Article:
Hurricane Sandy blows climate change back onto the presidential campaign
Climate scientists caution against any direct connection between a hybrid storm like Sandy and Earth’s warming trend. But that possibility has brought climate change back into the conversation.
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Speaking of candidates Obama and Romney, he continued, “One sees climate change as an urgent problem that threatens our planet; one does not. I want our president to place scientific evidence and risk management above electoral politics.”Skip to next paragraph
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Critics say Romney has switched (or at least greatly changed) his position on a range of issues from health care to gun control, immigration to abortion. This week, it’s his shifting rhetoric on climate change that’s being reviewed.
As Massachusetts governor, Romney joined a regional cap- and-trade plan to reduce carbon emissions.
“The benefits will be long- lasting and enormous – benefits to our health, our economy, our quality of life, our very landscape,” he wrote at the time. “These are actions we can and must take now, if we are to have ‘no regrets’ when we transfer our temporary stewardship of this Earth to the next generation.”
“Stewardship of the earth” is not a phrase Romney uttered during the campaign. Nor is it heard much from Obama as he fights over other issues toward what he hopes will be a second term.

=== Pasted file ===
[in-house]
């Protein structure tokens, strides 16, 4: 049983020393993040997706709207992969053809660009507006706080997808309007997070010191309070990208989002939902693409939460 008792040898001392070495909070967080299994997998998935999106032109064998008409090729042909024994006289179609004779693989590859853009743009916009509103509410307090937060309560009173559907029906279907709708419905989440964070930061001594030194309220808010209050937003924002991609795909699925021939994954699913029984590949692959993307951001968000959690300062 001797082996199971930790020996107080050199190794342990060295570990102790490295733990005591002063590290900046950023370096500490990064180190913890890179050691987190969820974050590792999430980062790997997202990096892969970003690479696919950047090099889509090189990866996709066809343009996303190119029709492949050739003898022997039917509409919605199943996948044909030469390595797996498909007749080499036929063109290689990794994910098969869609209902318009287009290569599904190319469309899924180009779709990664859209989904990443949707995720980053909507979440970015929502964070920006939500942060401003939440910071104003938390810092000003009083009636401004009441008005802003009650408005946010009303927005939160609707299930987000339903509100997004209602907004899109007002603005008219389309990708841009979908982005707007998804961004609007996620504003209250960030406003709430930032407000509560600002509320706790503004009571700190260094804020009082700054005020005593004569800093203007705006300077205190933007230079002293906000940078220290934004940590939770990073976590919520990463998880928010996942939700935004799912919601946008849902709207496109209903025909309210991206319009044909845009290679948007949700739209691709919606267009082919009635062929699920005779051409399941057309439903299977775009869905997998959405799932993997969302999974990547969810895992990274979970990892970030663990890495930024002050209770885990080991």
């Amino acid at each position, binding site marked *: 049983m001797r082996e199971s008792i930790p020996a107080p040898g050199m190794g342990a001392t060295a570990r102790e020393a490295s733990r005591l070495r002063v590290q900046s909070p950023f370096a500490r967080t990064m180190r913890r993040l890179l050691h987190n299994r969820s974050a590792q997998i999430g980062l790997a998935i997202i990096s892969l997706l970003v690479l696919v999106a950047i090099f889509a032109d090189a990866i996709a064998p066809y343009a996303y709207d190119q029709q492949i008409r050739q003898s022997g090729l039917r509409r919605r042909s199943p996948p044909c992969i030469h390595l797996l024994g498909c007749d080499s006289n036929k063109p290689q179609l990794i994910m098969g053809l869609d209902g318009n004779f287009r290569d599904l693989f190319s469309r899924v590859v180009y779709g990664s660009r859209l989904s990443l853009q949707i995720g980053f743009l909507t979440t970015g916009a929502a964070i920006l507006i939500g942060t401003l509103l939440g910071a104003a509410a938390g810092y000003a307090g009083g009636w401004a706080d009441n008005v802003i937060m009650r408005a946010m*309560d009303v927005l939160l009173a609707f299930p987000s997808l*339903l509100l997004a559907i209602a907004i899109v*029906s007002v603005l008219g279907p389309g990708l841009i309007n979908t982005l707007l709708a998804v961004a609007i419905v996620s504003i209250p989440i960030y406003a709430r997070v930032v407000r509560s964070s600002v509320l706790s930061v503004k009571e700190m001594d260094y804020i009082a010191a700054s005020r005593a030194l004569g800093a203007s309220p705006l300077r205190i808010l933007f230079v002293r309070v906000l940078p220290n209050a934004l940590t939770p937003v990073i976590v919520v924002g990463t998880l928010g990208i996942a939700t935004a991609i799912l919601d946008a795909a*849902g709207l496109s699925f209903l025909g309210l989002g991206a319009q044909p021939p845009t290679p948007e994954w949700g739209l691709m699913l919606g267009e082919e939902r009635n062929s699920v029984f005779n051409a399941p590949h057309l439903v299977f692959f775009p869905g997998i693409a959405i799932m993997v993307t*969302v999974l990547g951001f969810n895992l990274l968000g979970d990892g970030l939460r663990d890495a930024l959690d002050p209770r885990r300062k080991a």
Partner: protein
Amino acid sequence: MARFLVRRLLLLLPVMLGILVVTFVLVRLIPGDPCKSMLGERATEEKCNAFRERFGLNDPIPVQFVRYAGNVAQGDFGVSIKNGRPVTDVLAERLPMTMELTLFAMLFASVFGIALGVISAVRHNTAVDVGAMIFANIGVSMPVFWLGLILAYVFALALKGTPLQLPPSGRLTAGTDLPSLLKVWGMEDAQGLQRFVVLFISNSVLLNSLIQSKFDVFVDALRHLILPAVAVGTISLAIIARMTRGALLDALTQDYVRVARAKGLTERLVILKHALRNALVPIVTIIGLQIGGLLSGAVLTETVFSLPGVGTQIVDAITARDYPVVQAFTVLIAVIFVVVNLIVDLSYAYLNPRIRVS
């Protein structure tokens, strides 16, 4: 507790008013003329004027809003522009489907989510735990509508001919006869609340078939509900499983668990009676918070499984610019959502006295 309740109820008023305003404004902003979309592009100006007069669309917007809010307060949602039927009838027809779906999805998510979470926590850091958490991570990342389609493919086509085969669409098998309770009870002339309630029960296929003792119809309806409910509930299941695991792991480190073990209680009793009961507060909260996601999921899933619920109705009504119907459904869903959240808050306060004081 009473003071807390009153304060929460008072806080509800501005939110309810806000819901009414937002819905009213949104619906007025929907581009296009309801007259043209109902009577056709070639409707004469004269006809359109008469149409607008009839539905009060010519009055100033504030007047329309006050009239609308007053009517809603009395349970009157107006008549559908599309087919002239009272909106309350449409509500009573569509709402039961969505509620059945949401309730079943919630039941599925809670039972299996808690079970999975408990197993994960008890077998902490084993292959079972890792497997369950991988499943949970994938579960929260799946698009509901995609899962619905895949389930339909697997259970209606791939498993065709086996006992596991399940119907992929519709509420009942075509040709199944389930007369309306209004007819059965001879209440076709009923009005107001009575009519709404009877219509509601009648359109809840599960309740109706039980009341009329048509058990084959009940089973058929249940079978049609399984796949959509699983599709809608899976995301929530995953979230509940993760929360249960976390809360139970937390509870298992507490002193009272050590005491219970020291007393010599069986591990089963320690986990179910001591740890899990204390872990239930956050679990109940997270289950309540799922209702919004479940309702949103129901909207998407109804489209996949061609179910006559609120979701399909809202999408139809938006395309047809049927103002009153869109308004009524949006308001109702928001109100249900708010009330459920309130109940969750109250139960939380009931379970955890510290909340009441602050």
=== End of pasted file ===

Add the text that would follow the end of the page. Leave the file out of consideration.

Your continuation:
Still, as Mayor Bloomberg pointed out in his endorsement message, Obama did take major steps to reduce carbon emissions, including setting higher fuel-efficiency standards for cars and trucks and adopting tighter controls on mercury emissions, which will help to close the dirtiest coal-fired power plants.
Hurricane Sandy has given activists reason to raise climate change as the planet’s most daunting environmental challenge.
“We have entered a new era,” blogs Frances Beinecke, president of the Natural Resources Defense Council. “Climate change has begun to make its presence known. It is heating up our oceans and pumping hurricanes and other storms with extra energy, more moisture, and stronger winds. It is swelling our seas, so that storm surges are higher and cause more flooding. From Norfolk, Virginia to Boston, sea levels are rising four times as fast as the global average. Hurricane Sandy cut right along those swollen seas.”
Most climate scientists caution against asserting any direct connection between a single hybrid storm like Sandy and Earth’s generally agreed upon warming trend tied to industrial and motor vehicle greenhouse gas emissions.
But in the world of politics, even the possibility of such a connection has brought climate change back into the conversation.